Toxic waves create change

May 7, 2010 by  | Bio |  Leave a Comment

The political landscape seems to be shifting in response to BP’s oil disaster in the Gulf of Mexico. An overnight poll of Florida residents shows a remarkable shift in public opinion on the value of oil drilling off of their coast. Are these results at all surprising since Floridians are seeing the approaching slick to their heralded beaches? Let’s put it in the context of the previous Florida oil storm, which came in the manner of a multi-million dollar lobbying onslaught by a secret group of out-of-state oil companies in late 2008 and through 2009. This secret cabal was so careful about hiding their indentities that their names are still unknown to Florida citizens despite creating a debate that was on the front pages for months. What a difference an exploding oil platform makes.  Now, the Democrats in the state legislature are urging a vote for a state constitutional amendment to ban offshore oil drilling.  Gov. Crist is leaning their way.

On the Left Coast, the Governator had a more direct conversion and made one of the more prescient observations since the Great BP Gulf Eruption. “Why would we want to take on that kind of risk?,” he asks. “Why indeed?,” responds Rep. John Garamendi who wasted no time in putting his money where his mouth is by introducing federal legislation to permanently ban new oil and gas drilling along the entire west coast. Garamendi won a special election this spring and may be a freshman, but he’s been around the block and knows his oil. He served as deputy secretary of the Department of Interior during the Clinton administration and as Lieutenant Governor of California where he nixed the silly drilling for cash ploy by Plains Exploration and Production oil company.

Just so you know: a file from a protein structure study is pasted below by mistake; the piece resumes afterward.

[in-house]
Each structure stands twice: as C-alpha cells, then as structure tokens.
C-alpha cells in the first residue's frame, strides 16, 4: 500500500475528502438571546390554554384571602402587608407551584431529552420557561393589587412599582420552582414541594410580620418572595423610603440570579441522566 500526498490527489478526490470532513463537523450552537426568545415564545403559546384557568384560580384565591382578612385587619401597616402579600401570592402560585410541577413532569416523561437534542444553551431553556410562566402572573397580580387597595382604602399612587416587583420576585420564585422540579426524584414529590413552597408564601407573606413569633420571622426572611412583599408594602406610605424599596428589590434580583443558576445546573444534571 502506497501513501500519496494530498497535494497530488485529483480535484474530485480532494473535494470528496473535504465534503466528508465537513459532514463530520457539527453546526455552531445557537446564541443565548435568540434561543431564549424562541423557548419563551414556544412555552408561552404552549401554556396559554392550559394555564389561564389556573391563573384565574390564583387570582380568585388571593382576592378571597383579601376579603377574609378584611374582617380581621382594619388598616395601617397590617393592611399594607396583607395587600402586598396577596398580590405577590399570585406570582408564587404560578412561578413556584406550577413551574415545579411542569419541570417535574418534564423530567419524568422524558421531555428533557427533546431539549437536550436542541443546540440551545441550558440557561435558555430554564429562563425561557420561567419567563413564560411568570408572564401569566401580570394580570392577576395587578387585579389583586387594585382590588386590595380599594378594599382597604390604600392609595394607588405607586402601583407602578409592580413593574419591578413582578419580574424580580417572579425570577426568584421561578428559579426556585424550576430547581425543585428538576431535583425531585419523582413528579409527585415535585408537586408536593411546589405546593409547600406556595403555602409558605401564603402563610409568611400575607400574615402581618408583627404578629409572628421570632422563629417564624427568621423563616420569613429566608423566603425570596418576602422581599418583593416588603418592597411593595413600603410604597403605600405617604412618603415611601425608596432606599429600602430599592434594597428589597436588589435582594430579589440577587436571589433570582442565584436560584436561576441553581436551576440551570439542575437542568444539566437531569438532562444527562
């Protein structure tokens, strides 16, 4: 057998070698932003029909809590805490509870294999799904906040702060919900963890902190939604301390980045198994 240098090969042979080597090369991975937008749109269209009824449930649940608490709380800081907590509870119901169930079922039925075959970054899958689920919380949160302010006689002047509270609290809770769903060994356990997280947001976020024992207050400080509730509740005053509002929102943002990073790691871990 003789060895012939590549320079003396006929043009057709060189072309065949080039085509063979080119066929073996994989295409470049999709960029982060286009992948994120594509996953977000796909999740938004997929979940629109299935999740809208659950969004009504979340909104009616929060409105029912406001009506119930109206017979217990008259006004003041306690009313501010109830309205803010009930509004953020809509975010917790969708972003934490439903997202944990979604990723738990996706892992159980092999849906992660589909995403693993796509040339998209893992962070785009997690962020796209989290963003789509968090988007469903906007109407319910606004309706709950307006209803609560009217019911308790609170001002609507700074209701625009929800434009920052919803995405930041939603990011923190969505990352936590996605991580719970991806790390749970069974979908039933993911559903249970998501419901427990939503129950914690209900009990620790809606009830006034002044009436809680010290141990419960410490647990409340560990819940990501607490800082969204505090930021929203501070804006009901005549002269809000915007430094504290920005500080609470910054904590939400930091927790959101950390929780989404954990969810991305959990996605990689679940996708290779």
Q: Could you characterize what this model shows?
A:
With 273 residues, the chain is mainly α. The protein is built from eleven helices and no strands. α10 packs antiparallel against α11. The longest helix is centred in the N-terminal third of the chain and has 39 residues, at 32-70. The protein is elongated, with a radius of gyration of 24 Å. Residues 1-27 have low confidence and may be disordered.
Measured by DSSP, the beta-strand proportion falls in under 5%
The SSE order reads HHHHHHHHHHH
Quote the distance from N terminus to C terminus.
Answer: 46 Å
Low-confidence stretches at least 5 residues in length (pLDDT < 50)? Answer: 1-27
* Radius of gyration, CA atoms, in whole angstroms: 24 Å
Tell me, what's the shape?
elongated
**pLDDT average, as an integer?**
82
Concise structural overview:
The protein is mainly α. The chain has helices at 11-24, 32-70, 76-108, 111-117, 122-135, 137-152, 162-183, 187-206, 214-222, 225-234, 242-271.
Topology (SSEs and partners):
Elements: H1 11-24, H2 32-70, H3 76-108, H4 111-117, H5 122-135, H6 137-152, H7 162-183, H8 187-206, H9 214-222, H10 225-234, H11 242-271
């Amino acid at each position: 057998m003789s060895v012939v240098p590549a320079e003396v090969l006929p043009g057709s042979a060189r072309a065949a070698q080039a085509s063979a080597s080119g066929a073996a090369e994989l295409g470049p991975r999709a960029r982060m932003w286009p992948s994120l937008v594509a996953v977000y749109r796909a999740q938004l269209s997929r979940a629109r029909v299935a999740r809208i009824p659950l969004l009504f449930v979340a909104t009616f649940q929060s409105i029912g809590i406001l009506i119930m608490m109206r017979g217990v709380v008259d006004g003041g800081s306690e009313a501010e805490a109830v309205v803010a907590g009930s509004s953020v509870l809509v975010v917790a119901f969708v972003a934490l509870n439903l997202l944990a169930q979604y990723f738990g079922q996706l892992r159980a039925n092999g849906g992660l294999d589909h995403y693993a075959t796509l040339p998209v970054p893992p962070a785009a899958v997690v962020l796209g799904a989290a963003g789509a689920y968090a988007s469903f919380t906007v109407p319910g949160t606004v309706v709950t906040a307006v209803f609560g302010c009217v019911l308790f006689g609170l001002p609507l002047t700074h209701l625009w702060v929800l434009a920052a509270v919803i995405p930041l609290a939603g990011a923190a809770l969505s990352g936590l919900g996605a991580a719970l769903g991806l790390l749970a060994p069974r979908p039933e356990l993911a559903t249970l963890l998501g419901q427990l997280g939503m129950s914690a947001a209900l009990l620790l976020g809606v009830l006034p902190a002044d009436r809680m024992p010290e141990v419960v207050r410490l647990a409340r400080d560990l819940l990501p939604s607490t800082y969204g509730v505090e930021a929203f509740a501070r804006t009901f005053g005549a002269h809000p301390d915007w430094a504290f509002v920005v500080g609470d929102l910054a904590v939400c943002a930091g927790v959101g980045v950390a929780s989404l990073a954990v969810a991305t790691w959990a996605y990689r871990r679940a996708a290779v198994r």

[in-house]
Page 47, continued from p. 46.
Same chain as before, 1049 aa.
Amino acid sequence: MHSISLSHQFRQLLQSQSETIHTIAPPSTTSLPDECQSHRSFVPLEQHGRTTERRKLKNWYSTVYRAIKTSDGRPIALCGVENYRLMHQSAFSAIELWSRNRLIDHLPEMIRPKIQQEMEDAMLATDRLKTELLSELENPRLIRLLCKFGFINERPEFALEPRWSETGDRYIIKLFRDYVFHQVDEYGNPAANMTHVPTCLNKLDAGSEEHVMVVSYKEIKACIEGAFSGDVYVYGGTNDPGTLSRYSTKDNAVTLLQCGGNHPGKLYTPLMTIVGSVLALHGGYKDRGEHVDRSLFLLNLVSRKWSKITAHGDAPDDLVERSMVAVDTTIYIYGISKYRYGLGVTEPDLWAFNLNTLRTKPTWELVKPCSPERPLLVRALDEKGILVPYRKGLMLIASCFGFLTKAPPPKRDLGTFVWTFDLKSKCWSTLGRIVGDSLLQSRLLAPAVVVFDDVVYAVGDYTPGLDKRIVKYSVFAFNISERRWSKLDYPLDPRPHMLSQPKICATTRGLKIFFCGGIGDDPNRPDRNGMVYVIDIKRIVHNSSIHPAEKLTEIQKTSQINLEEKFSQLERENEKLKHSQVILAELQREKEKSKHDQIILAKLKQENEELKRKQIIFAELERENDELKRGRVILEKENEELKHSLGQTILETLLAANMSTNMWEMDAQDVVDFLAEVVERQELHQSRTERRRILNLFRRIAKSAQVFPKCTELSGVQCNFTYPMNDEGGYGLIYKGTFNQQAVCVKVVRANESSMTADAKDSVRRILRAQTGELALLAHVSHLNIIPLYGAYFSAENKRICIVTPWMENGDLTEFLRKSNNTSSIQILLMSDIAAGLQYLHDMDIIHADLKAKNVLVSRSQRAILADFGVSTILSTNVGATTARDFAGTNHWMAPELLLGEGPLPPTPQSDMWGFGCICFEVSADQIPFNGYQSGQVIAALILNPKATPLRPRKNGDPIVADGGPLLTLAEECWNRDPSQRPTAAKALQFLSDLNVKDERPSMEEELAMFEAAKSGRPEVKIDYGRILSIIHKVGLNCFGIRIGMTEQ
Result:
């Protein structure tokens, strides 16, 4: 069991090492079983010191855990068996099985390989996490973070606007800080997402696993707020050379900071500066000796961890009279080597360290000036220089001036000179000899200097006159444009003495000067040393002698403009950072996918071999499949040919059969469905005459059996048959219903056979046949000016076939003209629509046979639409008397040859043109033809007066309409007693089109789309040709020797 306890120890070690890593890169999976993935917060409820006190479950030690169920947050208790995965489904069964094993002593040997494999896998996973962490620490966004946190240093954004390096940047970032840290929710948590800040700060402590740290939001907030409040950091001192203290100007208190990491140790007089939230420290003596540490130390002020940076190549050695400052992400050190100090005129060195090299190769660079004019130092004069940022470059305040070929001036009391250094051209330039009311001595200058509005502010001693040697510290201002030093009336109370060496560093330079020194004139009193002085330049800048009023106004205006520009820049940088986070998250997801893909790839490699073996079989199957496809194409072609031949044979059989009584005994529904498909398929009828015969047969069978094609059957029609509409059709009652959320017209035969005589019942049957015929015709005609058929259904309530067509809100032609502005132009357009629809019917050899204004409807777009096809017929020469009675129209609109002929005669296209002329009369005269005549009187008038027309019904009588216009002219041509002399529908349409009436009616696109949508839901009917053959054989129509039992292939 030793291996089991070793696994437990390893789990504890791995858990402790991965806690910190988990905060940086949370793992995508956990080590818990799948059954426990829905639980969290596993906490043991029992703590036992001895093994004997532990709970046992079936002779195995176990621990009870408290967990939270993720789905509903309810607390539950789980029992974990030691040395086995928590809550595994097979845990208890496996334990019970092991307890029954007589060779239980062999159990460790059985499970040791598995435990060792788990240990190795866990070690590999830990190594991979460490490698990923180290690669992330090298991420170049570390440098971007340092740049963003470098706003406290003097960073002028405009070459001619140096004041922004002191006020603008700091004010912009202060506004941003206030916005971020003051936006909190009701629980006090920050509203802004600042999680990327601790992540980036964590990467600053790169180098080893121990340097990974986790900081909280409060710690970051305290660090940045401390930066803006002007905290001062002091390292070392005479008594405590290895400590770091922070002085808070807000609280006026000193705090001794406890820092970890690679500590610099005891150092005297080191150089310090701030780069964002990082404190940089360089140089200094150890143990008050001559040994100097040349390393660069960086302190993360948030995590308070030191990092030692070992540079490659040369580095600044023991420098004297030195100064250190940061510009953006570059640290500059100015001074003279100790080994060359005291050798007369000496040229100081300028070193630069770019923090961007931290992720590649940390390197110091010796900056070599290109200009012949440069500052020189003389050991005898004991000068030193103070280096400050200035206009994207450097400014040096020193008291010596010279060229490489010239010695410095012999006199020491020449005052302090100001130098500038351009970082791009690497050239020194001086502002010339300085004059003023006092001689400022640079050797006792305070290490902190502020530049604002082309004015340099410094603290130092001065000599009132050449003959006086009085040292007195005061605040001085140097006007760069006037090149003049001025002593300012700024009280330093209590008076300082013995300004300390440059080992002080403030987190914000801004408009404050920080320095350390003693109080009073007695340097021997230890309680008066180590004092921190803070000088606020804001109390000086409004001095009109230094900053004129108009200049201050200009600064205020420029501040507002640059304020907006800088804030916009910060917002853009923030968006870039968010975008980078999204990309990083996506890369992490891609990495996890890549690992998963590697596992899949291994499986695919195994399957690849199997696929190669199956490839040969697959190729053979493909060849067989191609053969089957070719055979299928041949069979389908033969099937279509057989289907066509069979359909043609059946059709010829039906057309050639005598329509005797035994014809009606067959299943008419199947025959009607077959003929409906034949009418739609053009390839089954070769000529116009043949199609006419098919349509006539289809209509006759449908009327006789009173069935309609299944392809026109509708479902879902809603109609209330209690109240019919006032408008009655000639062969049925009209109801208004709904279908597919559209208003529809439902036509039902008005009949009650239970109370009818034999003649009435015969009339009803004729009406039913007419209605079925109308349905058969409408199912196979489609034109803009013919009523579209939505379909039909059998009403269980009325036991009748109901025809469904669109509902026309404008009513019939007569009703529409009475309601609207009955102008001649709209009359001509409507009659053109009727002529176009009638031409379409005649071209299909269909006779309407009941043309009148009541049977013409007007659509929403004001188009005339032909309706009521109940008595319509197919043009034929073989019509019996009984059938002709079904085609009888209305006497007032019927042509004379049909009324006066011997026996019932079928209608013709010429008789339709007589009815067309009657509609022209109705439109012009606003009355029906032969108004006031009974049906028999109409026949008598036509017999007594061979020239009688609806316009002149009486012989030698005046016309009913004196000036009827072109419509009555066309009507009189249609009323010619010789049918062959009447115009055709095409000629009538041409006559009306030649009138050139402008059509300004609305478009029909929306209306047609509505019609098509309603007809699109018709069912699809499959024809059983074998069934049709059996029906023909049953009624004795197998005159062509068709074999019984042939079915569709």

Back on the Jersey Shore long-time drilling opponents Sens. Frank Lautenberg and Robert Menendez, along with Congressman Frank Pallone, are looking at similar legislation to ban drilling in the mid-Atlantic region. Our own New England environmental champions Rep. Ed Markey and Sen. John Kerry were never shy about protecting our beloved Georges Bank and Stellwagen Bank from drilling even at the peak of the Bush era clamor to eliminate the 20 year moratorium.  Unfortunately, the final legislation was never passed and New England’s ocean is still one bad administrative decision away from a return to the failed drilling proposals of the past. The politics of drilling flow like the motion of the ocean itself with the fate of the K-(G)-L climate legislation. Drilling, billions for nukes, a legislated override of a Supreme Court decision to allow regulation of climate pollution and promises, promises to herd in a stray Republican vote are all now up in the air. Sen. Kerry says the proposed legislation will be unveiled on Wednesday. Here’s hoping the proposed oil drilling provisions in that bill have been subject to the same moment of clarity that have awakened millions of Americans. We need climate protection legislation without adding to the oil-carbon disaster.

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